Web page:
Question: Cast resin modeling - is this what I should expect???

Hi, all.
I recently bought a cast resin model of a gun (the M41a Pulse Rifle from Aliens.
Paid a pretty penny for it, too.
When it showed up, I was a little surprised. Most of the pieces are okay, but some of the 'thinner' ones are slightly warped, meaning I'll likely need to gently take a heat gun to get them perfect. TONS of burrs from the casting, too - I'll need to do a lot of cleanup on the pieces. Plus, some of the more 'delicate' pieces are broken - I'm sure I can fix them or fabricate replacements, but that kind of bugs me... and not all the parts are there! I don't see any triggers! This thing should have two triggers and I shouldn't have to sculpt them from scratch.
It's not a wreck ot anything, but the whole thing is a lot less refined than I expected to find it when I unpacked it. I've never done this kind of cast model before, so I'm not sure if I've been taken or not. The burrs don't really bug me, the 'straightening' required on some of the parts I can forgive, and I can accept _some_ minor shipping damage - but all that together, combined with the missing triggers is kind of much.
Thoughts?
Thanks!!
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send it back. don't buy crap.
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This stuff is often called "garage kits". Now you know why.
There are a lot of people out there more interested in taking your money than delivering value for what you paid. It is often impossible to actually lay hands on some of these items prior to laying out your cash, but I still think that unless you have actually seen the product, or have talked with someone whose opinions you trust, who has, your better off keeping your money in your pocket.
Like someone else suggested, I would attempt to return it if you are not satisfied. Chances are pretty good that you may end up with nothing and still be out the money, but maybe this guy will actually return your money. If you don't tell him you don't like his product he might just think he is doing good stuff.
Quality resin work is not as simple as many would have you believe. There sure is a lot of junk out there.
Norm
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Well, I doubt that at this point - this WAS an Ebay sale, and any Ebay vendor should know the implications of scathing feedback and a buyer pursuing Buyer Protection options. The seller also has a good feedback record, and does not strike me as a one-off out to rip someone off.
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BD wrote:

It looks like this is more of a customer service issue than anything else. Being in the business I can tell you that some of the things you described are pretty typical from cast resin kits. Some flash, minor warpage, and resulting clean up of parts have to be expected, but not to the point where the parts can't be easily repaired and used. Resin absorbs moisture from the air which causes some warpage and there is just no way around it. A quick dip in boiling water should easily repair any warped parts.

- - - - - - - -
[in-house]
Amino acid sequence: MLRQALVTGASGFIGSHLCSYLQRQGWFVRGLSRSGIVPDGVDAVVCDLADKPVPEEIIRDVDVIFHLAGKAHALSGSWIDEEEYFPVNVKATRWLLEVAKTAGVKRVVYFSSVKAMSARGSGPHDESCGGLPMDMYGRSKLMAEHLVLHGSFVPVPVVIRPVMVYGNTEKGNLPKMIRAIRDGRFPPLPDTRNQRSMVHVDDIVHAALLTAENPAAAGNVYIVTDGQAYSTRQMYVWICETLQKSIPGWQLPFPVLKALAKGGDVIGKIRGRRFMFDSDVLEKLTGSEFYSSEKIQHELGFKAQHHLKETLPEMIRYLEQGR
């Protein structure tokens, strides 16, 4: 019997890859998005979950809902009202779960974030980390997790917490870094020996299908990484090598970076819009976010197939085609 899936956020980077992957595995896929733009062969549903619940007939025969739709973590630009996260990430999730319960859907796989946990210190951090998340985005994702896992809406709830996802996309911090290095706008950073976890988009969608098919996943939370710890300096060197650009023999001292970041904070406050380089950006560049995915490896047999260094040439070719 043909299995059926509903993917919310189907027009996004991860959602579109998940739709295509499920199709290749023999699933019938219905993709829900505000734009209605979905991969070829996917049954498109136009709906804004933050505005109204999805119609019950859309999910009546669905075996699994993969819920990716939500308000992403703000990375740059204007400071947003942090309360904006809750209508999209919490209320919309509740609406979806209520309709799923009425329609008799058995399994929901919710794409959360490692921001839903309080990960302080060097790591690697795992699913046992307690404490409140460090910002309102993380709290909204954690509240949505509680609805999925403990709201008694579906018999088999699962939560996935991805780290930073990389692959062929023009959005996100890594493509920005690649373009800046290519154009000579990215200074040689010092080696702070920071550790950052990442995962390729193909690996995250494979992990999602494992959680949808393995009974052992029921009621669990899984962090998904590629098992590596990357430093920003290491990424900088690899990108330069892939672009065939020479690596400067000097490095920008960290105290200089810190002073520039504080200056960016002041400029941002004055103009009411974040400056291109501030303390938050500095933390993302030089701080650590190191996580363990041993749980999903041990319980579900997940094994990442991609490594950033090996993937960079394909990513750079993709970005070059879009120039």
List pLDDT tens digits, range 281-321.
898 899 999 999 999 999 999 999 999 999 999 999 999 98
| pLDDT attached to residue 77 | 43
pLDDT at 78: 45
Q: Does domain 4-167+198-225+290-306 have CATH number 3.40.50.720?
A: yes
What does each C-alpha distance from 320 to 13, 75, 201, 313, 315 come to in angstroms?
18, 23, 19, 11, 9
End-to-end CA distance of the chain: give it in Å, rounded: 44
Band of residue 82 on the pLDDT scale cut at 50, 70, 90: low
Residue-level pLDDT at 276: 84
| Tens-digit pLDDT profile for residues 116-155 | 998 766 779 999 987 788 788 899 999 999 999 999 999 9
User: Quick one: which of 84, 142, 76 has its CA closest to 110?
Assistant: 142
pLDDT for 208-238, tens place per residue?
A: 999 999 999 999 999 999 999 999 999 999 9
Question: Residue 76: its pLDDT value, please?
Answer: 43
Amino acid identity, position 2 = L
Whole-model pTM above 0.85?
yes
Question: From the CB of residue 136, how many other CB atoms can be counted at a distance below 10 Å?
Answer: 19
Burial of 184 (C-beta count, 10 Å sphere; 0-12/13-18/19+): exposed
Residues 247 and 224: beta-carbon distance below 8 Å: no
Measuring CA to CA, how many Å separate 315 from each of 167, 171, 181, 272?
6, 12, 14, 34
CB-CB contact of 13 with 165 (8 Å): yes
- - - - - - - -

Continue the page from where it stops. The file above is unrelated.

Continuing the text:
However, broken parts regardless of how delicate they are, shouldn't (they sometimes do because sh*t happens) happen because if the shipper (the manufacturer) would have packaged it properly, breaks should seldom occur.
Missing parts also happen. Hell, we are all human and the manufacturer should be willing to replace them. Same goes for broken or poorly cast parts. The manufacturer should replace them if you send the defective parts to them to back your claim.
Resin kits aren't cheap and you should expect a good product and good customer service if needed. Replacing the whole kit unless it's just absolute unusable garbage, is a bit much to ask, but asking for replacement parts isn't (especially if you send them the defects). I would contact the manufacturer, explain the problem. I think you'll find they are understanding about stuff like that. FWIW
Rusty White Flagship Models Inc. flagshipmodels.com
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Rusty:
Yes, I agree with all of your points. The flash in this case kind of surprises me though - one some of the bulkier pieces I'm going to have to sand off over 1/8" of thick tough resin in order for the parts to fit properly and look correct. I can kind of see how the moulding process was done, though - it looks to have been cast without particular care to trim the flash at the time of manufacture.
As well, the warping does make some sense, especially if the deformation happened just after casting. I've already taken a heat gun to some of the parts, and straightening them out will not be a problem - the stuff takes on a consistency of stiff clay once it's warm.
But given the fact that some of the seller's Ebay feedback explicitly pointed out "excellent packing", I am really surprised here. I received a 2'x2'x1' box, filled with shredded newspaper - the resin pieces were stuffed all together in the middle at the bottom (no separate bubble wrap, no apparent attempt to keep the pieces from bumping during shipping). Small chips of resin that had settled in the bottom of the box are very likely the ones that snapped off the broken areas. Not impressed.
As well - this is a _gun_ model. You'd think that they'd make sure the triggers were there.
So, we'll see how the seller handles it - I didn't buy directly from the manufacturer, so I'm not expecting replacement/ spare parts to be on hand. Should prove interesting.
Thanks!
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I haven't seen the parts you speak of, but there will be thick resin on one area of all of the parts to deal with. This is what we call the "gate". The larger the part, the larger and thicker the gate. The gate is where the resin is poured into the mold. Being the entry point for all the resin, there has to be a sufficiently large opening for the resin to be poured. The thick part at the top is necessary to overfill with some extra resin in the event there is some shrinkage. The size of the gate depends on several factors I won't into, but sometimes the gate can be quite large and long. I use a jig saw with a fine blade to remove large gates. Take care to stay away from the part and remove as much of the gate as possible.
Now thick flash is not acceptable because that's just a sign of a poorly cast part or molds that have reached the end of thier useful life. RTV (room temperature vulcanizing) rubber for molds is EXPENSIVE. Especially for large parts. RTV rubber is what we use to make the molds. Some guys are just cheap bast*rds and won't replace the molds when they should so the result is heavy flass and poor cast detail and some angry customers. One guy already mentioned the importance of reading a review before buying a kit. That's good advice and could warn you of unscrupulous manufacturers who provide poor customer service.